QE is fuelling Irish House Prices

Irish residential property prices have risen 60% since the lows of early 2013 but  this cycle is investor rather than credit driven. Gross mortgage lending for house purchase has picked but the average new loan has risen by just 28% over the past four years, implying a fall the average loan to value ratio, while data on transactions (recently revised up by the CSO) indicates that mortgage loans  still appear to be accounting for less than half of turnover in the market. New lending is also now constrained by the Central Bank’s mortgage controls.Moreover, net mortgage lending ( i.e new lending minus repayments) has been falling now for over seven years, although there are recent signs that it may finally be bottoming out.

Nothing here then to indicate that credit is playing a strong role in driving prices and it is curious that little attention has been paid to the impact of the ECB’s monetary policy  on the housing market, and, more specifically, its  non-standard measures including the asset purchase programme. The latter, QE, is designed to boost bond prices and hence lower yields so that ‘ investors may choose to take the funds they receive in exchange for assets sold to the ECB and invest them in other assets. By increasing demand for assets more broadly, this mechanism … pushes prices up and yields down, even for assets that are not directly targeted by the APP’.

QE is generally perceived as having a significant impact on equity markets and it would be odd if it did not therefore impact other  asset markets, including property, and we  can readily  see this at play in the Irish data on transactions. In 2011, investors (here defined as Buy to Let individuals  plus non-household buyers) accounted for 16% of residential transactions rising to 24% by 2012 and averaging a third of the market or more since 2014.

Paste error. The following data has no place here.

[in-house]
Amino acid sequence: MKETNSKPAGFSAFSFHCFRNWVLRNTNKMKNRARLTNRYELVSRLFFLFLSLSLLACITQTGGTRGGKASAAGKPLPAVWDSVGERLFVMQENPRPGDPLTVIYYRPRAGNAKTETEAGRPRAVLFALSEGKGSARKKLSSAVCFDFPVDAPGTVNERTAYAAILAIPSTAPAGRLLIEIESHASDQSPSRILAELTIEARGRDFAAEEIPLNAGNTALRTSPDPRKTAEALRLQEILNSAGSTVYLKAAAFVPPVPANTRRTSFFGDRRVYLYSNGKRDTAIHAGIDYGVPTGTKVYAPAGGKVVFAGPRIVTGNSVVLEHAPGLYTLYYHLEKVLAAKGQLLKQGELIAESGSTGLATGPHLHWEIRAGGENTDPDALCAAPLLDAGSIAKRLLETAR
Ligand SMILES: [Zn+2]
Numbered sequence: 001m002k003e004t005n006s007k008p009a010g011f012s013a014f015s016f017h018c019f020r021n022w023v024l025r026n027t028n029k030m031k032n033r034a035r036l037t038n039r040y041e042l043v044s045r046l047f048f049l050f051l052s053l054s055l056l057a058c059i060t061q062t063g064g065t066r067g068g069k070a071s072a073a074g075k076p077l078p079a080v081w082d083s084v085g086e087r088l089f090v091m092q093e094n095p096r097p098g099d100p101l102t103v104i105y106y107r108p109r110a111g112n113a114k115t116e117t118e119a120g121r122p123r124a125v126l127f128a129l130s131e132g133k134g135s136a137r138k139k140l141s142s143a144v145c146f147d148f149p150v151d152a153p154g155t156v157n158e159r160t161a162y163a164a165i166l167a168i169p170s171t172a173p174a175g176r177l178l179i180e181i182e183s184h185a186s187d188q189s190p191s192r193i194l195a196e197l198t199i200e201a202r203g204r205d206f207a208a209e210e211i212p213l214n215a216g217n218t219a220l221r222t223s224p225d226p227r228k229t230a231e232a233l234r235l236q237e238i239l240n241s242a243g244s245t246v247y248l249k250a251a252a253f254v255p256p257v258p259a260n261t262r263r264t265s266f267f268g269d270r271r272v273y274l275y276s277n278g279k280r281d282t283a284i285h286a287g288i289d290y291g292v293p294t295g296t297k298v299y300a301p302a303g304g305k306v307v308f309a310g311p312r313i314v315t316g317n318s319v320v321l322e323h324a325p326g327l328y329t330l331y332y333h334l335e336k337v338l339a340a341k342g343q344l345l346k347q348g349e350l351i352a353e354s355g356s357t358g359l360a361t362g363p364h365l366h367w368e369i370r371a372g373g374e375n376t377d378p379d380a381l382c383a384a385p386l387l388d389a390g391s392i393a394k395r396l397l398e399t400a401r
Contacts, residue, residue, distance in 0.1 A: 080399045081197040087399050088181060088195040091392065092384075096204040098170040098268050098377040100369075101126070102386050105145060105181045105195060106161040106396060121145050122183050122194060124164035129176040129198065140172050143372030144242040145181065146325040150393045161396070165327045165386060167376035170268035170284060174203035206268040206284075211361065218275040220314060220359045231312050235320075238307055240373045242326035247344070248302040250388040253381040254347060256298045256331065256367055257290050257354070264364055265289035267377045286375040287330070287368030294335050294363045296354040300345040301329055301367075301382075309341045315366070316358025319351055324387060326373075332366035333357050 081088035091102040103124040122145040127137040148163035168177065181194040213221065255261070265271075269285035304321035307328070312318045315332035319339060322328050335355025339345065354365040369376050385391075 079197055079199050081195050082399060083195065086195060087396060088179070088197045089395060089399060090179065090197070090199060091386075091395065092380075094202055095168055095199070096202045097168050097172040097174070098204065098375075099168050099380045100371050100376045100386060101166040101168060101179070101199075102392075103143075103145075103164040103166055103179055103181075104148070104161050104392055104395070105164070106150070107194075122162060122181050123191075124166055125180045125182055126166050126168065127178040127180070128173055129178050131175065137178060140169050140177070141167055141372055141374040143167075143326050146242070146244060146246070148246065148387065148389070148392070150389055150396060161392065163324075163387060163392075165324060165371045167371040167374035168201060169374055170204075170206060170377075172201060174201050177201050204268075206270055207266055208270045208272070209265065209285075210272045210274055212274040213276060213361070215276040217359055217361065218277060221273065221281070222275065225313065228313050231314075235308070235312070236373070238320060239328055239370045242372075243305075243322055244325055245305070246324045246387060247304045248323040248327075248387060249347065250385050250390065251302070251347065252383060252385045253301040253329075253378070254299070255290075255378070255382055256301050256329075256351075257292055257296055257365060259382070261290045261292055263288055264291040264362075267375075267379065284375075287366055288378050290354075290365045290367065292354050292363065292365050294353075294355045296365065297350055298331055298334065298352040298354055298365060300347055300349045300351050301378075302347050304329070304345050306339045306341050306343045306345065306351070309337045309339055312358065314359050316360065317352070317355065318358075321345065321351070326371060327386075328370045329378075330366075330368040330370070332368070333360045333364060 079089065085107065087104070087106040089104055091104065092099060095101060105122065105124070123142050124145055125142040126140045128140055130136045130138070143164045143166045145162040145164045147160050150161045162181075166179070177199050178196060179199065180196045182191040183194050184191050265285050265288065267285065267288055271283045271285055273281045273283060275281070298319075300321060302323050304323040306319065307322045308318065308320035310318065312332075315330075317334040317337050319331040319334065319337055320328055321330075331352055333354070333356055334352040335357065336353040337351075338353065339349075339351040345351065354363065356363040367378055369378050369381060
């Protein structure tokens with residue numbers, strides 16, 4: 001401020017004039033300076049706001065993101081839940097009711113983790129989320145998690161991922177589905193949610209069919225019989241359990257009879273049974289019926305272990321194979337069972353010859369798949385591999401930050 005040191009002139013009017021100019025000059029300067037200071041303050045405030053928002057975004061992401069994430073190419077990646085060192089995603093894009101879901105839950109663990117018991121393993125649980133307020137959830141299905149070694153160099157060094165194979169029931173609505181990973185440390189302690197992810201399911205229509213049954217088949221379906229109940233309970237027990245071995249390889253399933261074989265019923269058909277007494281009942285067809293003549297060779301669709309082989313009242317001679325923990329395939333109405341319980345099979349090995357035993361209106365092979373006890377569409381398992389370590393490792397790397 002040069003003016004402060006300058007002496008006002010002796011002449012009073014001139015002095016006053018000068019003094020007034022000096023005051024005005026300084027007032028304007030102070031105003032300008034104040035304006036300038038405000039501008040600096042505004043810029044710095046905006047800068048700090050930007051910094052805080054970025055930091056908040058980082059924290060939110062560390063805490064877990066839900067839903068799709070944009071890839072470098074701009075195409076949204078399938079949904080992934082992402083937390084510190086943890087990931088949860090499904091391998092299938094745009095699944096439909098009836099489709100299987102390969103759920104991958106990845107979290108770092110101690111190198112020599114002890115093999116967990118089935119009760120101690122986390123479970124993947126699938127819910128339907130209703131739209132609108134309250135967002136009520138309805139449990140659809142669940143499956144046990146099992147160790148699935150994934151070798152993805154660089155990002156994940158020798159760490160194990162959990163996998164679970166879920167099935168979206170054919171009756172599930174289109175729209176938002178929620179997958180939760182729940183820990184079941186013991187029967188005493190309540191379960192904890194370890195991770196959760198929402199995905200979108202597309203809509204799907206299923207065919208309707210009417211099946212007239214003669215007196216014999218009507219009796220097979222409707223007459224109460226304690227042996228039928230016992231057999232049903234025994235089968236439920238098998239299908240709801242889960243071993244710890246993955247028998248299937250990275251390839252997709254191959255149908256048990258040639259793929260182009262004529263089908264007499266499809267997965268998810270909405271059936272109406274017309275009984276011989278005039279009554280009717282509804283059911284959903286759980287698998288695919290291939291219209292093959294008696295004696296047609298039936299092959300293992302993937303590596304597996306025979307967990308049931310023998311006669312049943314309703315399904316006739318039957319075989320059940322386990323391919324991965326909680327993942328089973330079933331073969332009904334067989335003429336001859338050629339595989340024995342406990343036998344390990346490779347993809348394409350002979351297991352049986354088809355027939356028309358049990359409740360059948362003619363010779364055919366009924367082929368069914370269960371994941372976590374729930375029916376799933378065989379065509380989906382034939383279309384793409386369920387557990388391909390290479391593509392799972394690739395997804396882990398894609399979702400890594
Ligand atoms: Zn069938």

The yield on ‘risk-free’ assets , such as Government bonds, plays a big role in investment decisions and so the plunge in Irish Bond yields has been  a very significant backdrop for the Irish residential and indeed commercial property market : 10-year Irish yields peaked at double digit rates in mid 2011 but really started to fall sharply following Draghi’s ‘whatever it takes’ speech in 2012, and fell below 1% , where they still reside, following the commencement of QE in early 2015.

In contrast, the gross yield on residential property ( average rent/ house price) has not declined significantly in our rental model, and is still at 4.8%, having peaked at 5.4% in 2013. The rental yield fell to  a low of 2.75% during the last cycle, and is still well above the post EMU average (4.25%) and of course extraordinarily high relative to the ‘risk free’ rate available on Irish bonds, let alone Bunds.

The scale of investor interest in Irish property is therefore not surprising given the yield on offer and  is unlikely to disappear any time soon. Higher bond yields would make a difference, no doubt, and in that context the future of QE plays a part; the ECB will soon decide whether to scale back its asset purchases or indeed cease any additional buying. Yet it is likely to reinvest the proceeds of maturing bonds for a while at least, therefore maintaining the stock of QE, so absent an inflation shock bond yields may well stay low by historical standards. If so investor interest in Irish property will continue to be a big driver of the market.

Eligible Irish bonds a constraint on extending QE